The ingredient also demonstrates excellent foaming capabilities due to its high solubility and smooth texture, the company says. The model plant-based barista milk contains 3 percent protein. Existing vegetable-origin barista products typically contain less than 1 percent protein.

The chickpea S930 G910 isolates are “the most refined form of protein” containing a high concentration of protein with the advantage of color, flavor, and functional properties, she says. This makes them “an ideal raw ingredient,” noting that the company is looking into using them for protein bars, hard cheese, yogurts, and egg replacements.

The refined texture of chickpea ingredients in a milk replacer can help baristas Photo by Brooke Cagle on Unsplash

The company has many new projects worldwide, both for non-dairy applications such as cheese analogs and yogurts as well as meat/fish alternative products, egg replacer for desserts and bakeries and many more, according to Lachish Levy. “We are confident that by end of 2022, the beginning of 2023 we will see many new products available for the consumers on a global base,” she says.

The challenges of plant-based products

ChickP is currently developing over 20 plant-based applications with leading food and beverage companies with its pure ChickP protein, Lachish Levy tells NoCamels.

“Our customers turned to us to solve major challenges of plant-based products and we were able to provide comprehensive solutions in terms of flavor, complete nutrition profile, and functionality,” she says.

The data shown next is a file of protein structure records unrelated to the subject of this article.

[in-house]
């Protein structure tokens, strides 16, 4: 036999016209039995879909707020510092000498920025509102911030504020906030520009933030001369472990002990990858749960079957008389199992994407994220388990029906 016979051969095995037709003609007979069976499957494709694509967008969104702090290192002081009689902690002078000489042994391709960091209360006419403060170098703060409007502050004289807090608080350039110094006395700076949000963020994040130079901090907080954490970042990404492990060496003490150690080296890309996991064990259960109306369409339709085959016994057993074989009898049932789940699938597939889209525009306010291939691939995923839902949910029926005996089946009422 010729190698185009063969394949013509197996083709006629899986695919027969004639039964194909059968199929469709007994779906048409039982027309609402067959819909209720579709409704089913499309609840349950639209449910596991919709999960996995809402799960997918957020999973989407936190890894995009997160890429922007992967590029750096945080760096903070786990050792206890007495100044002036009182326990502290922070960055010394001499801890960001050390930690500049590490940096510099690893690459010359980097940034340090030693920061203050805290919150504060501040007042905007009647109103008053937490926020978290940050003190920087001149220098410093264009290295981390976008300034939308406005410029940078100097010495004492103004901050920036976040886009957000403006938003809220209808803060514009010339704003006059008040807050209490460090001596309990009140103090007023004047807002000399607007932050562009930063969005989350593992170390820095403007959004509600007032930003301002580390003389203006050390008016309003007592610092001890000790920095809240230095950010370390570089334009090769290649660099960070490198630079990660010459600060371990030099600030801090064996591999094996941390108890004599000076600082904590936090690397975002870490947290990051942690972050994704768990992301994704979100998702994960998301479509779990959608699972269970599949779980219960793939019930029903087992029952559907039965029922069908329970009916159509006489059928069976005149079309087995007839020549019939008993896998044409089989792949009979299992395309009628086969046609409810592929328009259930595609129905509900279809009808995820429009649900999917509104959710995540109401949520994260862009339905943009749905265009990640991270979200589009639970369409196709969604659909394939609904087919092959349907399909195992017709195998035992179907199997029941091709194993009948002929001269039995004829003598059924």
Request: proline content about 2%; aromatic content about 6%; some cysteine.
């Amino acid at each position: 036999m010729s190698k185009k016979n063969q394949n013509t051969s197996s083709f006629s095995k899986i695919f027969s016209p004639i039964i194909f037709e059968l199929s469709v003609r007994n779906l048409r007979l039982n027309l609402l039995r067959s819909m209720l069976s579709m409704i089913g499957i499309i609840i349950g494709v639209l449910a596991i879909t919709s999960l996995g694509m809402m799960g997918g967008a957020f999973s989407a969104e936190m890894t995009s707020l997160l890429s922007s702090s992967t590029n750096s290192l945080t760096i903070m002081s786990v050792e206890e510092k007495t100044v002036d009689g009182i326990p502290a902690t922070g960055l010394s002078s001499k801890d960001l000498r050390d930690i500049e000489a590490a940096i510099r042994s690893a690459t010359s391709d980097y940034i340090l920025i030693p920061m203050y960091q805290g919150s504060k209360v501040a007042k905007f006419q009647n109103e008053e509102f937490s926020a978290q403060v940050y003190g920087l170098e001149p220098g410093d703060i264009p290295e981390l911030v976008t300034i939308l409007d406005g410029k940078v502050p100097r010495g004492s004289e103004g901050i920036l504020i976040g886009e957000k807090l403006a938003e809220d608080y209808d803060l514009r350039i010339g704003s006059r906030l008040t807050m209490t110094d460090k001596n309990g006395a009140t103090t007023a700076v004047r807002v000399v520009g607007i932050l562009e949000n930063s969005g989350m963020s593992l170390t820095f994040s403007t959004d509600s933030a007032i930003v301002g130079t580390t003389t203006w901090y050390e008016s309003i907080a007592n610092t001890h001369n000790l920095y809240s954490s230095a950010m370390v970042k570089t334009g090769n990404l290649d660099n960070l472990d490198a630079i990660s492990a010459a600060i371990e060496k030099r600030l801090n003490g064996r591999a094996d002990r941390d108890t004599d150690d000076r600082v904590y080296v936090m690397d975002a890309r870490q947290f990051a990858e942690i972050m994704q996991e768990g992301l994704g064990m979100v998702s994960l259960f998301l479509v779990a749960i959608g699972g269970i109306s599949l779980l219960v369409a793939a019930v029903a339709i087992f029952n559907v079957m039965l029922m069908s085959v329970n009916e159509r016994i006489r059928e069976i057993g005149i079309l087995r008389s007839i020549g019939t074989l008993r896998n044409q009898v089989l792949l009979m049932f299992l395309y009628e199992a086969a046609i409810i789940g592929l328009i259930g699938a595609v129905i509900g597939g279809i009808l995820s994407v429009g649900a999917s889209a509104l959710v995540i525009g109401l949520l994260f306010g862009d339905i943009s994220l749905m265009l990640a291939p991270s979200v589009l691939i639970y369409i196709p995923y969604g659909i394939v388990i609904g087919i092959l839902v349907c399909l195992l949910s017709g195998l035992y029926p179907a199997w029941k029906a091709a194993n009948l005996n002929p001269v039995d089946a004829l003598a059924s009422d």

One important challenge is that the consumers who choose to use a non-dairy product for their coffee know that they won’t compromise on flavor.

 “Consumers want a holistic, better-for-you, yet full flavor experience,” she says.

Another challenge in using plant-based proteins for barista drinks is to have a stable product, avoid beverage breakdowns, and complete precipitation techniques, or isolate the proteins from the chickpea flour, without problems.

Chickpeas in a bowl. Unsplash

“Our technologists took full advantage of our new state-of-the-art application lab to overcome organoleptic and technical challenges in creating creamy, dairy-free ‘milk’ for the perfect cappuccino,” Lachish Levy says, “ChickP has overcome challenges and hurdles that many startups face, including upscaling manufacturing increase volumes significantly and meeting customer demand.”

Chickpeas are a great source of plant-based protein. A one-cup (164-gram) serving provides about 14.5 grams of protein, which is comparable to the protein content of similar foods like black beans and lentils, according to Healthline.

According to The Good Food Institute, dairy-free milk represents 35 percent of plant-based food sales growth in the US market, at $2.5 billion in annual sales. Dollar sales of plant-based milk grew 20 percent in the past year, and 27 percent over the past two years. Plant-based milk is a major entry point for households trying products across plant-based categories.

The post Chickpea Cappuccino: The Frothiest Milk-Free Coffee appeared first on NoCamels.